Intrepid Optimist is the place where I can share my stories; fact, fiction and thoughts from the past and present. It’s Written by myself for people who believe adventure knows no age
El Pub Rugby Club, the first rugby team in Ecuador was formed in 1974 by a collection of ex-pats from the UK, Chile, the Argentine and France. Our first intercity match was against a Guayaquil team, cobbled together by the British Consul to that city, where we were supported by a bevy of bewildered coastal beauties. Following the game we retired to the Phoenix Club to celebrate.
The truly memorable game came shortly afterwards, when the crew of the visiting Royal Fleet Auxiliary ship, the Sir Lancelot, challenged us, a joint Quito and Guayaquil team. Once again we partied in the Phoenix Club but this time with 200 British sailors and a similar number of exotic Guayauilenas – procured by the same British Consul – it was the talk of that city for years to come.
The majority of the Quito contingent flew there but as part owner of El Pub and as such, having more time on my hands, I decided to travel the 350 kilometers and 2,800 meters downhill from Quito in the Andes to Guayaquil on the coast. My idea in theory was good but as I did not own a car or relish the fatiguing six to seven hour bus journey, I had to find a solution.
I knew a few friends with cars but it seemed that weekend there were no volunteers. In truth, no one enjoyed driving to the coast because at its best, the condition of the road was either bad or atrocious, depending on the lack of maintenance or the weather.
Fortunately I remembered Alan, a sometime kilt-wearing Scotsman who lived amongst us and had a car. I do not mean just any old car. His was a 1936, white Rolls Royce Continental roadster. It was originally built for cruising the deplorable pre-WW11 country highways (Germany excluded) of Europe – and it was the only one in Ecuador.
Alan was very proud of his RR and from time to time he would take the Continental out for a short spins and once he even entered her in an Ecuadorian antique car rally, which she won hands down. Sadly, someone stole the winner’s silver plated trophy, which put Alan – a stickler for the correct thing – off somewhat.
This was the perfect moment to tempt him to take the Rolls out for a good run and as he being also on the rugby team, the game was the perfect opportunity. Luckily he was all for it and to add icing to the cake, Carola, a good friend and ideal traveling companion pleaded to join us.
On the appointed day we set off with Alan at the wheel. Instead of taking the normal and faster road route via Santa Domingo de los Colrados, we took the longer, equally scenic route, along the paramo and following the old railway line down to the coast. The drive was a dream, despite the roads being in the same condition as were the continental roads fifty years earlier.
I suppose one can expect it of a Rolls Royce owner but Alan could be quite affected at times. However, his affectations did have a beneficial side. He liked everything to be of the best. Everything had to combine. Mode of dress (no kilt that time thank God), the luggage (his) and the picnic hamper; all had to blend in with the Rolls. At some point in the journey point Alan instructed me to open a bottle of champagne – crystal glasses – to prove even at speed and over a rutted road surface we could slurp without spilling a drop.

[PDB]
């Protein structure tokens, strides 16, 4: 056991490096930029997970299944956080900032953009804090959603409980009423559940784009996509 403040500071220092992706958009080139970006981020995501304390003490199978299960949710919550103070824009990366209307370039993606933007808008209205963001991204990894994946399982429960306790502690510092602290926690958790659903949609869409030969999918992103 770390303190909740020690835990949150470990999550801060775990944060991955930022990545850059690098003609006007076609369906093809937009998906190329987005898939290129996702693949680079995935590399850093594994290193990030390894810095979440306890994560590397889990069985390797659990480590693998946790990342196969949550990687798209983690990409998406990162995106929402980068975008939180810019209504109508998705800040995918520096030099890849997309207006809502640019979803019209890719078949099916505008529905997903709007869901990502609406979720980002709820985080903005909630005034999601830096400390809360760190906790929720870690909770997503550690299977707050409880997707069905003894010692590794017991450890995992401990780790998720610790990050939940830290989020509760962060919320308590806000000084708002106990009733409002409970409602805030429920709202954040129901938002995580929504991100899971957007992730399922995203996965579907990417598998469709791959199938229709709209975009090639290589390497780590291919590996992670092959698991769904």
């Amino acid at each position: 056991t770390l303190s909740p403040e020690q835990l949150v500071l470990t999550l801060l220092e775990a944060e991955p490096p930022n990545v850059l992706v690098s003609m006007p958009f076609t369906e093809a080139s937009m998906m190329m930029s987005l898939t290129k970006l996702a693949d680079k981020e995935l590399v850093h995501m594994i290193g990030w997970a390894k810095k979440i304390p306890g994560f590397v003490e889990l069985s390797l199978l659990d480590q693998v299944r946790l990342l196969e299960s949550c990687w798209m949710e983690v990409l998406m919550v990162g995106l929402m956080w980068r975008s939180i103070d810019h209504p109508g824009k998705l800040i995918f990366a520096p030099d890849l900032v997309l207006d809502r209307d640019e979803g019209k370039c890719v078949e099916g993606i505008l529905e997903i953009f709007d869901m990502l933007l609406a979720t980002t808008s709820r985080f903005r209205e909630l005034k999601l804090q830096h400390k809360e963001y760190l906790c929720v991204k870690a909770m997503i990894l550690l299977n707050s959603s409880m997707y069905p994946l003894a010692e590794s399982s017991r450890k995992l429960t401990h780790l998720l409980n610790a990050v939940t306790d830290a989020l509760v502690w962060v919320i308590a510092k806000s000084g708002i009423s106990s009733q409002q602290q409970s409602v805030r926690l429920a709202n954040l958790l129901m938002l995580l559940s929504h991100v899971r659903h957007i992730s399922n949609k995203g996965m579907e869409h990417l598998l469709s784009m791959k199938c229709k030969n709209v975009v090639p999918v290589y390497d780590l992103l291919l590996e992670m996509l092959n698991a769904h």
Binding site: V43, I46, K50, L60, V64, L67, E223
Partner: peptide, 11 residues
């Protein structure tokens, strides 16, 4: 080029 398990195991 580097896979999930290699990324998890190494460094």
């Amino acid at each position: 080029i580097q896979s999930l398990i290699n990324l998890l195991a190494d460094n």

Before we turned off the Pan-American highway to start our descent to the coast we stopped and laid out the plaid car rug for our lunch. I was stretching my legs after the excellent cucumber sandwiches and apple pie, served on Spode china and a further bottle of champagne, when I caught site of a herd of elephants on the skyline.
My first thought – it was the champagne, but the distant animals were not pink. I beckoned my two companions over and asked if I was correct in believing wild elephants were not native to the South-American continent. They confirmed this to be the case. I pointed out six of the beasts grazing on the opposite side of the valley to us. They were as amazed as was I. Could we be mistaking them for hairless mammoths? Carola expressed her doubts, recalling the last living one must have been 10,000 years ago. Alan remembered from school history that Hannibal had them in Alps – but they had been imported. But they definitely were elephants we were looking at – and they were alone. Not a soul, not even a solitary Andean Indian was to be seen in the vicinity.
Alan bravely proposed driving closer to take photos which, Carola suggested we could send to David Attenborough, the international naturalist for his professional opinion. It took some time to find a track that would bring us closer to them but the Rolls lived up to its reputation as it purred along over the dirt trail as smoothly as if it was careening along an Autobahn. Eventually we managed to get pretty close to the herd without spooking them, the Rolls being large enough, they probably mistook it for one of their own, albeit an albino. The six beasts ignored our photography session, as though something they were justly accustomed to.
Our dilemma, as to who we should report our natural history discovery to, was answered as we finally left them to their own devices and drove over the crest of the hill from where the animals had been foraging. Hidden in the lee of the knoll was a group of colourful wagons. Not only had we discovered elephants in the paramo, we also found a circus.
If it must be known, we unassumingly continued our journey to Guayaquil without further revelations and as I recall, we lost; forty to three but that after-game party was something else.
 All high, tropical, montane vegetation above the continuous timberline.
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